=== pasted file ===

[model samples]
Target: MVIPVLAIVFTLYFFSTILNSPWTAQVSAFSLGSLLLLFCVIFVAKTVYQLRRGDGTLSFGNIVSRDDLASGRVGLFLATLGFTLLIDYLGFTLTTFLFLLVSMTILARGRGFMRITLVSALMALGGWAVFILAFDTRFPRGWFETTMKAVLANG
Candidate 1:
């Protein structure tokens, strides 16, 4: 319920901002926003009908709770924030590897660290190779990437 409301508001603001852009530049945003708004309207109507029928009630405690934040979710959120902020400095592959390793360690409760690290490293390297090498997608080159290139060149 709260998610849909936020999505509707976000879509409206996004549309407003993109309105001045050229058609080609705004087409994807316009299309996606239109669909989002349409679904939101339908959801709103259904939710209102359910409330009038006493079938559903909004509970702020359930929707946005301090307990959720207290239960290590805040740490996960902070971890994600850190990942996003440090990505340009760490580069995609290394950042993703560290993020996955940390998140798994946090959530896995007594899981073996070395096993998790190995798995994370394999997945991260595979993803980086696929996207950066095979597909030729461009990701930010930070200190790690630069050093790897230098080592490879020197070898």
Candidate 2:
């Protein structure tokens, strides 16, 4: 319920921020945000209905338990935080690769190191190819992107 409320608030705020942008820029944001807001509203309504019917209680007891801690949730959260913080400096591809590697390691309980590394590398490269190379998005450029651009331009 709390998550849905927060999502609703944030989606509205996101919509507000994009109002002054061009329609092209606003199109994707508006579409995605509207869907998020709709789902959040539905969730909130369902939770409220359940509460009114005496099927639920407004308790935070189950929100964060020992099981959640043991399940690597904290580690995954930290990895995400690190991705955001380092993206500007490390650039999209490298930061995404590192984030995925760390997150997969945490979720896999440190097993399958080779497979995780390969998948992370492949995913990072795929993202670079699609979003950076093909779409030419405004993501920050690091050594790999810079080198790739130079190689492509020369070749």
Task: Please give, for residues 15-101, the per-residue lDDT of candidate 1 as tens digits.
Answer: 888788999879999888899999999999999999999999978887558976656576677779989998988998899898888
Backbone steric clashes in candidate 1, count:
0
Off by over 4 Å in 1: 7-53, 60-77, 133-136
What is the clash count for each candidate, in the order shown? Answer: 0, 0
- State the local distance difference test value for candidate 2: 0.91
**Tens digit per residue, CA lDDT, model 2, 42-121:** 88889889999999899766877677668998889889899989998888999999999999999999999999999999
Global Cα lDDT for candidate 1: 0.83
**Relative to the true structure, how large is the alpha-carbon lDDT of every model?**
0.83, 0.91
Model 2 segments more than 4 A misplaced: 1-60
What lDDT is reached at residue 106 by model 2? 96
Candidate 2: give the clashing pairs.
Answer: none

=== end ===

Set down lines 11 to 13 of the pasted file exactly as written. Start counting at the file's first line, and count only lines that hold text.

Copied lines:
Off by over 4 Å in 1: 7-53, 60-77, 133-136
What is the clash count for each candidate, in the order shown? Answer: 0, 0
- State the local distance difference test value for candidate 2: 0.91